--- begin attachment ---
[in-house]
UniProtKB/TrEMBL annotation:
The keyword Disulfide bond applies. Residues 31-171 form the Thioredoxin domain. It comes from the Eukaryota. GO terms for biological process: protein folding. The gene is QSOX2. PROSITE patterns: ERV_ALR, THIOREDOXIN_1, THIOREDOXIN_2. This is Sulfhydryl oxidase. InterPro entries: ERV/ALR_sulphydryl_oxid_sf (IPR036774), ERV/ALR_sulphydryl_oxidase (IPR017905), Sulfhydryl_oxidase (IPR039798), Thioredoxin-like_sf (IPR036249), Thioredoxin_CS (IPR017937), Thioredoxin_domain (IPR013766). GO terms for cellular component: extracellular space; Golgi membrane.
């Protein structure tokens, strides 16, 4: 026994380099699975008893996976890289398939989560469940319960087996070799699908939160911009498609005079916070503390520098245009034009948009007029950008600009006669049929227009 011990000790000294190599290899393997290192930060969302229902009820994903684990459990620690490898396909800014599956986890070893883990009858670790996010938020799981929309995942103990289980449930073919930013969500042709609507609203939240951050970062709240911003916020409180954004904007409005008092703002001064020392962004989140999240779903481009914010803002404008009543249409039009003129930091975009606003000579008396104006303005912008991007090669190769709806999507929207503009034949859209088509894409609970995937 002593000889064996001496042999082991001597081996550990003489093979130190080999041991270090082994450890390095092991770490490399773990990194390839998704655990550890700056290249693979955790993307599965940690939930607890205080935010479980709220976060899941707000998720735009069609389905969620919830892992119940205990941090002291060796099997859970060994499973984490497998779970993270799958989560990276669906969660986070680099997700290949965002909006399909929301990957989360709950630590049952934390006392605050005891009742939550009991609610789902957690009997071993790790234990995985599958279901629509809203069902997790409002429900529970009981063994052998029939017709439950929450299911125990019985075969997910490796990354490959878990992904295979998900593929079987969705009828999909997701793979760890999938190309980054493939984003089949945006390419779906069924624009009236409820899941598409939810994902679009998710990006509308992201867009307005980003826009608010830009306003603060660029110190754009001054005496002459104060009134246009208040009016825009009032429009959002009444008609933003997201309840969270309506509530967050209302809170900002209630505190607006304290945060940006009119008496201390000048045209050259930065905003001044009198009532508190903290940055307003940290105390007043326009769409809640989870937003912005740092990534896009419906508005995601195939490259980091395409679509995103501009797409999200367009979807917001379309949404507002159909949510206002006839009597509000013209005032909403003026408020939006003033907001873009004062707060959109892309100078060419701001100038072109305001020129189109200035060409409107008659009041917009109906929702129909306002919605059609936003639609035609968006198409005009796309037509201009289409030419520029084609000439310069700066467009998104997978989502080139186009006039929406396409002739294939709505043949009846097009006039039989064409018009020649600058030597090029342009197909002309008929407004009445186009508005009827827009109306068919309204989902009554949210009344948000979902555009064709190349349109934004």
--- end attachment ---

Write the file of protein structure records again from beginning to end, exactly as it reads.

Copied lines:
[in-house]
UniProtKB/TrEMBL annotation:
The keyword Disulfide bond applies. Residues 31-171 form the Thioredoxin domain. It comes from the Eukaryota. GO terms for biological process: protein folding. The gene is QSOX2. PROSITE patterns: ERV_ALR, THIOREDOXIN_1, THIOREDOXIN_2. This is Sulfhydryl oxidase. InterPro entries: ERV/ALR_sulphydryl_oxid_sf (IPR036774), ERV/ALR_sulphydryl_oxidase (IPR017905), Sulfhydryl_oxidase (IPR039798), Thioredoxin-like_sf (IPR036249), Thioredoxin_CS (IPR017937), Thioredoxin_domain (IPR013766). GO terms for cellular component: extracellular space; Golgi membrane.
């Protein structure tokens, strides 16, 4: 026994380099699975008893996976890289398939989560469940319960087996070799699908939160911009498609005079916070503390520098245009034009948009007029950008600009006669049929227009 011990000790000294190599290899393997290192930060969302229902009820994903684990459990620690490898396909800014599956986890070893883990009858670790996010938020799981929309995942103990289980449930073919930013969500042709609507609203939240951050970062709240911003916020409180954004904007409005008092703002001064020392962004989140999240779903481009914010803002404008009543249409039009003129930091975009606003000579008396104006303005912008991007090669190769709806999507929207503009034949859209088509894409609970995937 002593000889064996001496042999082991001597081996550990003489093979130190080999041991270090082994450890390095092991770490490399773990990194390839998704655990550890700056290249693979955790993307599965940690939930607890205080935010479980709220976060899941707000998720735009069609389905969620919830892992119940205990941090002291060796099997859970060994499973984490497998779970993270799958989560990276669906969660986070680099997700290949965002909006399909929301990957989360709950630590049952934390006392605050005891009742939550009991609610789902957690009997071993790790234990995985599958279901629509809203069902997790409002429900529970009981063994052998029939017709439950929450299911125990019985075969997910490796990354490959878990992904295979998900593929079987969705009828999909997701793979760890999938190309980054493939984003089949945006390419779906069924624009009236409820899941598409939810994902679009998710990006509308992201867009307005980003826009608010830009306003603060660029110190754009001054005496002459104060009134246009208040009016825009009032429009959002009444008609933003997201309840969270309506509530967050209302809170900002209630505190607006304290945060940006009119008496201390000048045209050259930065905003001044009198009532508190903290940055307003940290105390007043326009769409809640989870937003912005740092990534896009419906508005995601195939490259980091395409679509995103501009797409999200367009979807917001379309949404507002159909949510206002006839009597509000013209005032909403003026408020939006003033907001873009004062707060959109892309100078060419701001100038072109305001020129189109200035060409409107008659009041917009109906929702129909306002919605059609936003639609035609968006198409005009796309037509201009289409030419520029084609000439310069700066467009998104997978989502080139186009006039929406396409002739294939709505043949009846097009006039039989064409018009020649600058030597090029342009197909002309008929407004009445186009508005009827827009109306068919309204989902009554949210009344948000979902555009064709190349349109934004």